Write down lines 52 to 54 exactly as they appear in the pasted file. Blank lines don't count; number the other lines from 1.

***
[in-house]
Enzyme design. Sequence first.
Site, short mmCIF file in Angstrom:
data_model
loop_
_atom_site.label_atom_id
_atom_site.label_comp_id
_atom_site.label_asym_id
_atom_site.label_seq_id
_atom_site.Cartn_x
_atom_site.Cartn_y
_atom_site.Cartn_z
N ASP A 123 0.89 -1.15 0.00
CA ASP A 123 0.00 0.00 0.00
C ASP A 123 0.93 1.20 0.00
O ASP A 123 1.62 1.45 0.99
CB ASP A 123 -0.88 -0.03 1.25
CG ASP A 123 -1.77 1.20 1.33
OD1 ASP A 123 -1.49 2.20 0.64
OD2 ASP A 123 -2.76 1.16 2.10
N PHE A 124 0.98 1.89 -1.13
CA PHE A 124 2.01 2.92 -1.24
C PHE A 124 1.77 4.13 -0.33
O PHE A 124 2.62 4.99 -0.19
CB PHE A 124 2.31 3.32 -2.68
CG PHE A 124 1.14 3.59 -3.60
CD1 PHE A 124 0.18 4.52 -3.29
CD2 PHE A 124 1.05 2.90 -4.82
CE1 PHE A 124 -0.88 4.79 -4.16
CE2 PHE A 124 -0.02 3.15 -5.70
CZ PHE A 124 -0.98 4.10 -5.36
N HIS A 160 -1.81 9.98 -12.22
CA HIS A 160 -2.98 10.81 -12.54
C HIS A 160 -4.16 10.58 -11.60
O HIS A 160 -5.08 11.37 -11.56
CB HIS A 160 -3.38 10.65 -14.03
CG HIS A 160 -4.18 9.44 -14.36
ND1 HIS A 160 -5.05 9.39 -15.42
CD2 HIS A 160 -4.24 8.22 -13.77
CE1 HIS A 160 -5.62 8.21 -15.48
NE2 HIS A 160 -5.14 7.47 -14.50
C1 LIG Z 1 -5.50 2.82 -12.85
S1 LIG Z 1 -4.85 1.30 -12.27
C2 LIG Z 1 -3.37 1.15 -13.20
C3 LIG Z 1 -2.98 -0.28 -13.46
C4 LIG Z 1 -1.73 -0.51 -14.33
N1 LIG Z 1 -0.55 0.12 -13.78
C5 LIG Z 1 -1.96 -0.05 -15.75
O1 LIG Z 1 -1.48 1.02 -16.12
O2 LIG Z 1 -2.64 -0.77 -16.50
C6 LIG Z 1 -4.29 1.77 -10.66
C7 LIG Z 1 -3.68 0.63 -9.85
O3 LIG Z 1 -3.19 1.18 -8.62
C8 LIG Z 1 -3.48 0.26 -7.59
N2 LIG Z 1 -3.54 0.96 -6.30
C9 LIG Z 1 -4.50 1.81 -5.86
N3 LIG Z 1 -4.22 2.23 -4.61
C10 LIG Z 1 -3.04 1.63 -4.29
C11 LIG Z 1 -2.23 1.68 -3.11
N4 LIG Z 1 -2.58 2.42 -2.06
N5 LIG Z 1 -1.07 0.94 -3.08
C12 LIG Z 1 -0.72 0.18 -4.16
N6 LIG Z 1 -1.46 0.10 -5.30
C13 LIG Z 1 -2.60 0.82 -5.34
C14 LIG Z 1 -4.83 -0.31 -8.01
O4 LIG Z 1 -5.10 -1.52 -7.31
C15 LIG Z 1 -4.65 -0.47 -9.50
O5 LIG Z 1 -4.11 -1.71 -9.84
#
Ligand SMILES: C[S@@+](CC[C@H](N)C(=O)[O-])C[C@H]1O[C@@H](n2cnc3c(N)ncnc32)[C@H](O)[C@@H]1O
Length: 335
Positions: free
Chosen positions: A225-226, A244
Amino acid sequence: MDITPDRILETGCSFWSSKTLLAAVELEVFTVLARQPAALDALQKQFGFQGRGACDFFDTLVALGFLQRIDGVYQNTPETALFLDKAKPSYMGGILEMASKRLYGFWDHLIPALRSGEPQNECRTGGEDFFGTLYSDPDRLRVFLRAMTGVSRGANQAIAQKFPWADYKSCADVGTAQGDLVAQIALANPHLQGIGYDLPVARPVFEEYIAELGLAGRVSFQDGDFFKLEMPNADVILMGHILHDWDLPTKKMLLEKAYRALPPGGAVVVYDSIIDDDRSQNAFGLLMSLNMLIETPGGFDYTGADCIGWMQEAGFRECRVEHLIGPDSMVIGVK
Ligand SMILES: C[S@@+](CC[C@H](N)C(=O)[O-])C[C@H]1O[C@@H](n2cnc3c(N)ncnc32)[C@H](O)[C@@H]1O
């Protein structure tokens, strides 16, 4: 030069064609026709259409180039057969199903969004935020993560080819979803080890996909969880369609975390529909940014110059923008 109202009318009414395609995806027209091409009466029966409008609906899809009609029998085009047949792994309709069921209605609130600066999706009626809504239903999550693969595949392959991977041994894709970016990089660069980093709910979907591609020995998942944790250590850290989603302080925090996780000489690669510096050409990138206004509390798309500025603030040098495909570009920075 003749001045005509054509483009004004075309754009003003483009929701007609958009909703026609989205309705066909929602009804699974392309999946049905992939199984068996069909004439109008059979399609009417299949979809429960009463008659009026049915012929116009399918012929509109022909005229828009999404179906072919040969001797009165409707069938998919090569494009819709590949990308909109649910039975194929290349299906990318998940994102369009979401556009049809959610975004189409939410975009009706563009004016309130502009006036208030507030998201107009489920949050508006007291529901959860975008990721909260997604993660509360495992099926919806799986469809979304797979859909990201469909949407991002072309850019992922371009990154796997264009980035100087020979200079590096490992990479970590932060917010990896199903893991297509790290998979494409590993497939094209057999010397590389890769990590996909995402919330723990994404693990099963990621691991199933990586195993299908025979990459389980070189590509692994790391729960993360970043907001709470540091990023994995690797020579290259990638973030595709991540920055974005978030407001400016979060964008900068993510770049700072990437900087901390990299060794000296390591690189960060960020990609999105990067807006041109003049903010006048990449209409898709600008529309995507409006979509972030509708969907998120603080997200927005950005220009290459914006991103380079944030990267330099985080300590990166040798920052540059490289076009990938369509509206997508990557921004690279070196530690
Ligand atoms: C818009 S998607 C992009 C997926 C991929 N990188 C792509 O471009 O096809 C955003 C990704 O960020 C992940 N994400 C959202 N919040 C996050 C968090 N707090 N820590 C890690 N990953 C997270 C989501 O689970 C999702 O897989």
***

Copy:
C7 LIG Z 1 -3.68 0.63 -9.85
O3 LIG Z 1 -3.19 1.18 -8.62
C8 LIG Z 1 -3.48 0.26 -7.59